In the last post, I mentioned mental barriers to leaving the law. Today, I will address one of the biggest barriers: golden handcuffs. If you’re a big firm associate, then you are quite familiar with golden handcuffs. For those of you not aware, the term “golden handcuffs” refers to the inability to leave a bad situation because of an attachment to material wealth. The irony is that what you possess is the very thing that traps you, when it should actually do the opposite — liberate you.
Money can have quite an effect on one’s self-perception. When I first realized I was going to be making $160K/yr., I got really excited. This was more money than I’d ever dreamed of making. Soon this fed into my ego, pumping it up. I was as important as someone who makes $160K/yr., who is pretty damned important because $160k/yr. is a lot of money. But, the corruption of my identity is a topic for another post.
Even a year into practicing law, I had adjusted to the salary. I could eat at nice restaurants on a weekly basis. I could afford rent in a nice part of town. I could buy expensive gadgets without checking the price tag. All while accumulating a nice chunk of change in my bank account.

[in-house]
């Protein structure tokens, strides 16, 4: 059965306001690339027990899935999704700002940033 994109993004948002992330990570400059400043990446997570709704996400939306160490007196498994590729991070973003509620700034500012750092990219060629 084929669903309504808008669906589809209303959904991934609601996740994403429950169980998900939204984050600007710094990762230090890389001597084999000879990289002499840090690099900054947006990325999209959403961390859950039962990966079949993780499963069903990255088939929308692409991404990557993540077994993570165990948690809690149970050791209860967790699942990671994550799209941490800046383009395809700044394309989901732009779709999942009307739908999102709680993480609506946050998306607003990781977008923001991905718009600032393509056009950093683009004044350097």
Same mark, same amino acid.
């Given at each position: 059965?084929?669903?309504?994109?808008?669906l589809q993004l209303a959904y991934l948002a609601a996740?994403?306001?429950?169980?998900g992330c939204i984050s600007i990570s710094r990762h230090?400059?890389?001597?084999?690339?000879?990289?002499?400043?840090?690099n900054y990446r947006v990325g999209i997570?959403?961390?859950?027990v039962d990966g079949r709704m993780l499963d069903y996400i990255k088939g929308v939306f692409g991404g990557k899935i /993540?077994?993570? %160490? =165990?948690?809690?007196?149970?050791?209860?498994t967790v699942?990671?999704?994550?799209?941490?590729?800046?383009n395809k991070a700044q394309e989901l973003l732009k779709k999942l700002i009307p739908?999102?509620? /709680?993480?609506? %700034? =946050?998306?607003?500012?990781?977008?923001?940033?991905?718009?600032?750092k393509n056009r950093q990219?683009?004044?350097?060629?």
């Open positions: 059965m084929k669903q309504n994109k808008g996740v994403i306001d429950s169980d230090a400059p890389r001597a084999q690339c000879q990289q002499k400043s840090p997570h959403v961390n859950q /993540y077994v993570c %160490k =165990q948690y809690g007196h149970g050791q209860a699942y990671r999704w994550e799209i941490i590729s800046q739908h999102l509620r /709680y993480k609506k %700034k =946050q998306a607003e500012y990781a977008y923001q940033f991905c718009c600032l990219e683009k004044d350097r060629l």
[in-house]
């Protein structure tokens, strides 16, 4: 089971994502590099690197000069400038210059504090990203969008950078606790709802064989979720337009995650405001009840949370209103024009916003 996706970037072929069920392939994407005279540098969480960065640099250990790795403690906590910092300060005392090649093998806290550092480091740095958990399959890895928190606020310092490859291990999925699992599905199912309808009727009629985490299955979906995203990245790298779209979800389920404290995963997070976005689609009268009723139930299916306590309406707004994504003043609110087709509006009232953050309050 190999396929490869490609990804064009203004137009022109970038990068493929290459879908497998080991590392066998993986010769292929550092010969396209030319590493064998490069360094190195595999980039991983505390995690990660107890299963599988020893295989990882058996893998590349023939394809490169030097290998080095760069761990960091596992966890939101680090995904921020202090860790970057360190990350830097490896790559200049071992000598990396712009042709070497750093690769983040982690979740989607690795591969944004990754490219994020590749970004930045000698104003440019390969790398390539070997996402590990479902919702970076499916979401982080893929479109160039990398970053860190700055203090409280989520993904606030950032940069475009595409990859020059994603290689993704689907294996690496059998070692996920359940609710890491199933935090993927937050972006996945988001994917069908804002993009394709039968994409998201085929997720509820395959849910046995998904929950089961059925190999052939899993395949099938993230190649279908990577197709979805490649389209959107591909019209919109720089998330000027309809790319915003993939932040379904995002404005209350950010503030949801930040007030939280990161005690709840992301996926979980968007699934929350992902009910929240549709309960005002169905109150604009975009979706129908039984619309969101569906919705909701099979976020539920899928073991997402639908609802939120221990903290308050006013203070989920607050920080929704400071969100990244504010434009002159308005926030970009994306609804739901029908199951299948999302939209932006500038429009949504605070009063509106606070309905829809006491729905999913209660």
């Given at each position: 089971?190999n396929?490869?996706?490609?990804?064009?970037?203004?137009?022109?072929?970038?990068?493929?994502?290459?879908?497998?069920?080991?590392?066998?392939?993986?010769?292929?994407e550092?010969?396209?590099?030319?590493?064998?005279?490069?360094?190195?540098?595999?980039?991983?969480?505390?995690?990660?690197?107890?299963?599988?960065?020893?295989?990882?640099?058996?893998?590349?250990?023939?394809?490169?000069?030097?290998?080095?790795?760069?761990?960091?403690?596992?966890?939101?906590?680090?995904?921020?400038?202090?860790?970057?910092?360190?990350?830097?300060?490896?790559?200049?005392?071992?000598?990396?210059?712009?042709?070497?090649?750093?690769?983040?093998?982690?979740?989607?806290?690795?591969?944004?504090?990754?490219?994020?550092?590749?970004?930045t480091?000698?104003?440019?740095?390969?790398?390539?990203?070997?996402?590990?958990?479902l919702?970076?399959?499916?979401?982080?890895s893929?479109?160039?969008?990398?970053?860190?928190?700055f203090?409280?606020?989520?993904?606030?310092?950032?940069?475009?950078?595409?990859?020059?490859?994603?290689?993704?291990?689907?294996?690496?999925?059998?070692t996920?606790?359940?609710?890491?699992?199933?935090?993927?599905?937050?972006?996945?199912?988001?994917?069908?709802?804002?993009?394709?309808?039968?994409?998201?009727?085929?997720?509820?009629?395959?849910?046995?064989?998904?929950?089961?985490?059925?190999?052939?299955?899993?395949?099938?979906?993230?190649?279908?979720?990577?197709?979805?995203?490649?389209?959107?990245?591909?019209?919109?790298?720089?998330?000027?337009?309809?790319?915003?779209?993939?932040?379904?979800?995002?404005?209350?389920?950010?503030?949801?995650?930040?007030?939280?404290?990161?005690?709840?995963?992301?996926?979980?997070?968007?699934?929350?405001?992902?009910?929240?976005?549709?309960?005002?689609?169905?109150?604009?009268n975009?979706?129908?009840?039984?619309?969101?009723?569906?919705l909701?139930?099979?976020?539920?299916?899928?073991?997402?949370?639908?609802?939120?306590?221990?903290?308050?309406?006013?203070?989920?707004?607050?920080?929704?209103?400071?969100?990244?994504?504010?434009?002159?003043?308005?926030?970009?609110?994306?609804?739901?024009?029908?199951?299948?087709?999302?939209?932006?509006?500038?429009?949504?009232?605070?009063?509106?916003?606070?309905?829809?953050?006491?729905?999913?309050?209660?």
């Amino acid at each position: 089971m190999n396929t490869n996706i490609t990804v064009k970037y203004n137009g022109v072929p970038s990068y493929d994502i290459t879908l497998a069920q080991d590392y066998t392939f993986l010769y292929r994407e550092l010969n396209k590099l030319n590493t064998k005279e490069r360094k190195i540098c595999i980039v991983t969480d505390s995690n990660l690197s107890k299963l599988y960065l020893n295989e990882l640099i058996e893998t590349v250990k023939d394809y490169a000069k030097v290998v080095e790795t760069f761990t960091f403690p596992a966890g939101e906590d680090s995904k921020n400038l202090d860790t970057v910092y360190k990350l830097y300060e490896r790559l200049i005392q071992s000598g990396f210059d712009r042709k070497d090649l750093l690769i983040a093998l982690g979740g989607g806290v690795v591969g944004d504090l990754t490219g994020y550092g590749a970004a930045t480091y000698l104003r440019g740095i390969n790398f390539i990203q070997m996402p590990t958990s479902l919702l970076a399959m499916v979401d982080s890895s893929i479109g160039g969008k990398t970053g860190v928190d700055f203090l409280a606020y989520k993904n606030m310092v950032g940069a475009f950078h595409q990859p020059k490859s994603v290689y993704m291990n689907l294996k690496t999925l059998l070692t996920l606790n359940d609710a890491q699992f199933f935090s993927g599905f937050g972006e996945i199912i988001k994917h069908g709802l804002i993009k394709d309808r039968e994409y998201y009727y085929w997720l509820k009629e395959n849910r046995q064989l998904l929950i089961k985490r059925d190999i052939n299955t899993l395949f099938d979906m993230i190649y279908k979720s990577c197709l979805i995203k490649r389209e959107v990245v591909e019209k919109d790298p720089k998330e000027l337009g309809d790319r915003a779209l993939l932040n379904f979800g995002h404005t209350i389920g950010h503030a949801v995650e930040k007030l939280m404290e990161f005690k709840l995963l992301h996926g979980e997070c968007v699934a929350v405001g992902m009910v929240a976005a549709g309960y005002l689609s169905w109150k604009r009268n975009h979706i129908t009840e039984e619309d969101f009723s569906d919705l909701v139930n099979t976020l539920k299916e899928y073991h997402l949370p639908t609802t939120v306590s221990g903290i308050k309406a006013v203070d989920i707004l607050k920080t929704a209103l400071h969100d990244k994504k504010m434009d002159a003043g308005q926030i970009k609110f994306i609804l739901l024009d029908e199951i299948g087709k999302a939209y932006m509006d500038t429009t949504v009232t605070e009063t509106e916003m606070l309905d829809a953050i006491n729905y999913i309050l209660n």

The mere thought of not having that salary was paralyzing. That meant I wouldn’t be able to live as comfortably. I’d have to worry about money like everyone else. What if my salary went down to $60K/yr.? Well, then all of my savings would be eliminated for starters. Could I buy a house? Would I be able to send my kids to college? Why even get on that path, when I could just keep working hard and earn my lavish salary.
My dad always told me when I was growing up that there is no free lunch. This is another example. Big law firms only boast high salaries because they want something in exchange: your soul. I’m not being melodramatic. You can give your best and brightest years to a law firm just so you can enjoy a few of the finer things in life. This is the devil’s deal. Is it worth it?